China, BRICS trade ministers vow to fight protectionism

China's Commerce Minister Zhong Shan attends a news conference of BRICS trade ministers meeting in Shanghai
China's Commerce Minister Zhong Shan attends a news conference of BRICS (Brazil, Russia, India, China and South Africa) trade ministers meeting in Shanghai, China August 2, 2017. REUTERS/Aly Song

August 2, 2017

SHANGHAI (Reuters) – China and the other BRICS nations pledged on Wednesday to fight protectionism and safeguard intellectual property rights, even as U.S. President Donald Trump considers action against what he sees as unfair trade practices by China.

Trade ministers from Brazil, Russia, India, China and South Africa concluded two days of meetings in Shanghai agreeing to deepen trade and investment links, and “safeguard and develop” the multilateral trading system, according to a statement by Chinese Commerce Minister Zhong Shan.

“Ministers were committed to continue to firmly oppose trade and investment protectionism, recommitted to their existing pledge for both standstill and rollback of protectionist measures, and called upon countries to join in that commitment,” the statement said.

The ministers also approved guidelines for cooperation between the five countries on intellectual property rights (IPR).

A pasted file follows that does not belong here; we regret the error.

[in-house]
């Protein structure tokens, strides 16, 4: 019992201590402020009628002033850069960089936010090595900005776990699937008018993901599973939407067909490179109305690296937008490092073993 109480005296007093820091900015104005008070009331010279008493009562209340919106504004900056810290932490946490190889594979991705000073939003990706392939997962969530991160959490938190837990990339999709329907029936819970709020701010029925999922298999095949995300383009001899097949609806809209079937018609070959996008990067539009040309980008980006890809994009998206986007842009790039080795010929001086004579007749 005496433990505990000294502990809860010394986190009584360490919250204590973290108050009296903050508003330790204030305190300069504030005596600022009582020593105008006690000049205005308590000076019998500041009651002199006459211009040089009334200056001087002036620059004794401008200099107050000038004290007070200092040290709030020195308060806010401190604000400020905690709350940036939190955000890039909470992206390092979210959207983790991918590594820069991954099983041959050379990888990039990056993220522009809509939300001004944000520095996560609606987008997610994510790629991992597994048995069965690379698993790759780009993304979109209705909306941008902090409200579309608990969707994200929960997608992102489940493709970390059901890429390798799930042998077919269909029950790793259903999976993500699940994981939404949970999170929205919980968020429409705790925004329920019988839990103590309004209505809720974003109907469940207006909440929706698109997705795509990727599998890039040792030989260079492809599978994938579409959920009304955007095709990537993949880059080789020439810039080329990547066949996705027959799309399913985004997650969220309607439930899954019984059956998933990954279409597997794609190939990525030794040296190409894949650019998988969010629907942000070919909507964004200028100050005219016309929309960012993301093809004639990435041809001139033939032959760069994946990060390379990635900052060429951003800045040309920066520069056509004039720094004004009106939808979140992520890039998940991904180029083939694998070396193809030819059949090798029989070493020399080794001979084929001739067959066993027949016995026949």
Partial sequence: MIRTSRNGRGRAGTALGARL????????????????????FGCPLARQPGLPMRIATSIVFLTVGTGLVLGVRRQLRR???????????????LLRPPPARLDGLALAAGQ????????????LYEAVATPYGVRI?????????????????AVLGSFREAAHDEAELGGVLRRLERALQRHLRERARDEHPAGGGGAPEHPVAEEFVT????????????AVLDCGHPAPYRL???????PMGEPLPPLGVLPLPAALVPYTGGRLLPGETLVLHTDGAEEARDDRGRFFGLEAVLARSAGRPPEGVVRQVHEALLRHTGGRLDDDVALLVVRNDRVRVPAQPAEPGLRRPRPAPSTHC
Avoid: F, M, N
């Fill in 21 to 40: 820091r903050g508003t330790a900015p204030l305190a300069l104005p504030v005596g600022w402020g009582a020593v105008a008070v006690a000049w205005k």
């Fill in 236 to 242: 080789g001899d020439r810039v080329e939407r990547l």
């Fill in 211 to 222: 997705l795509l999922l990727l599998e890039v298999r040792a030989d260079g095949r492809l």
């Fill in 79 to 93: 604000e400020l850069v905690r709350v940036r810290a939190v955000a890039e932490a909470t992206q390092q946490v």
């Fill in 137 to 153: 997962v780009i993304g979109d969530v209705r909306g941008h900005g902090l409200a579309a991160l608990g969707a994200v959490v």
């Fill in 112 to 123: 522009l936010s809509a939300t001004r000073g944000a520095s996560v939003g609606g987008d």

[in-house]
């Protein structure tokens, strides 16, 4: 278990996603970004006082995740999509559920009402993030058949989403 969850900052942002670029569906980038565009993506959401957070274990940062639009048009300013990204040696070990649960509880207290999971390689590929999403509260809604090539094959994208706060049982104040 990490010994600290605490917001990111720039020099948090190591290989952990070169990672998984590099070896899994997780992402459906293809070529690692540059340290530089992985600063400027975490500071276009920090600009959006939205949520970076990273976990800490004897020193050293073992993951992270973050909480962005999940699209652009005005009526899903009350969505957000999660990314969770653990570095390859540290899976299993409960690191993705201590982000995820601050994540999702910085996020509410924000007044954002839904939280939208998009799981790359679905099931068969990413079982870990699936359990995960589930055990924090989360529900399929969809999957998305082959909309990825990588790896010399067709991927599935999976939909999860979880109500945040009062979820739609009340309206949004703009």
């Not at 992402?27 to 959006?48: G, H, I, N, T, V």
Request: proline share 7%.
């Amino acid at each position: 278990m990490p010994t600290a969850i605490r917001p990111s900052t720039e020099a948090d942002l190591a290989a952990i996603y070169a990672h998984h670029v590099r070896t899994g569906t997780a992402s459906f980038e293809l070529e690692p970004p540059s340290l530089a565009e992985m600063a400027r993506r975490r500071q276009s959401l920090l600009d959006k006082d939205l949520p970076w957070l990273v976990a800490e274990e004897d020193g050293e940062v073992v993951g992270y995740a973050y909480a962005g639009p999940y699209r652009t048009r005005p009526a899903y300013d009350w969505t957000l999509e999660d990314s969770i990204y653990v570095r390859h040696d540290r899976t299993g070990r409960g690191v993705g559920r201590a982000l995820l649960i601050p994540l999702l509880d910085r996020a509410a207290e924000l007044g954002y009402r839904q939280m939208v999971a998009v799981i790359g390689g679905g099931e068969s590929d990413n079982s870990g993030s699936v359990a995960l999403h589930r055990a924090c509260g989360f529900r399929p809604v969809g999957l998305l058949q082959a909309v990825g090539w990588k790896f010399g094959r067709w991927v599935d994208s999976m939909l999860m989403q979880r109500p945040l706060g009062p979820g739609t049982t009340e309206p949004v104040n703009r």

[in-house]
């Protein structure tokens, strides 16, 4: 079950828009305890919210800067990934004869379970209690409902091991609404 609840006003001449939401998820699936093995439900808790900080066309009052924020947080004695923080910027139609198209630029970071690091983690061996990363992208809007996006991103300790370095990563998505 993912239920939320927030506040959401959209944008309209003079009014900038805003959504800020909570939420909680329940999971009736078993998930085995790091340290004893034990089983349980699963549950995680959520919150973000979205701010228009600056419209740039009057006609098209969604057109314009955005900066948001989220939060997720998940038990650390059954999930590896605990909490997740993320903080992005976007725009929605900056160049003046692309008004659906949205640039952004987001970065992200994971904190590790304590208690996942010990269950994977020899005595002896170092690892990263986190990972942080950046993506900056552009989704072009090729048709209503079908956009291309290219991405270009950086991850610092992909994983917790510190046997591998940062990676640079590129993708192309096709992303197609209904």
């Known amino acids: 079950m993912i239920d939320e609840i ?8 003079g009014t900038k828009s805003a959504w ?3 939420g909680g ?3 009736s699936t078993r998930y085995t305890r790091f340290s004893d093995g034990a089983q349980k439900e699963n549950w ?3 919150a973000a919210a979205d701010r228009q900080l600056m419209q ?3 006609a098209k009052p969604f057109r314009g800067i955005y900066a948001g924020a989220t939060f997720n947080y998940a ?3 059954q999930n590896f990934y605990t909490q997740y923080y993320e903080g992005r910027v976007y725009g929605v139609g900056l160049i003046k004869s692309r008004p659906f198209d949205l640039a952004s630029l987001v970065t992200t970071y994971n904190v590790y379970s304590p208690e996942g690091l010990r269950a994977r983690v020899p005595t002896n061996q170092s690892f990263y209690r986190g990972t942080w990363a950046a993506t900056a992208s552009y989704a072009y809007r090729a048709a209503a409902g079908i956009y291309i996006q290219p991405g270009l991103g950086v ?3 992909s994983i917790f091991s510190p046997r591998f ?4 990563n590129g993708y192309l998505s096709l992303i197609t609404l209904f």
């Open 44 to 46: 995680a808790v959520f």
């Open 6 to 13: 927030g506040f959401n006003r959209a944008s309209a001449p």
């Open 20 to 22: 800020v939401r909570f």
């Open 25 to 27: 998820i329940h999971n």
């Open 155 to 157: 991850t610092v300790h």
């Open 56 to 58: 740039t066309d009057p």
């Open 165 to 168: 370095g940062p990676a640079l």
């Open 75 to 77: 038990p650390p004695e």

“Ministers agreed to promote exchanges and cooperation on IPR legislation and enforcement in order to create favorable conditions for trade and innovation-driven economic development,” the statement said.

On Tuesday, a senior Trump administration official said Trump could decide as early as this week on how to respond to what he considers China’s unfair trade practices.

A Chinese commerce ministry official declined to answer questions about Trump.

The United States has a long list of grievances about China on trade, including accusations of steel dumping and theft of U.S. intellectual property. Trump promised tough measures during his campaign last year but so far has not followed through.

Trump’s interest in penalizing Beijing has risen because of his concern at what he perceives to be Chinese inaction on reining in an increasingly belligerent North Korea, which is pursuing its missile and nuclear weapons programs in defiance of U.N. Security Council resolutions.

Beijing has repeatedly said its influence on North Korea is limited and that it is doing all it can. Moreover, it argues trade between China and the United States benefits both sides and that Beijing is willing to work with Washington to improve their trade relationship.

(Reporting by John Ruwitch; Editing by Nick Macfie)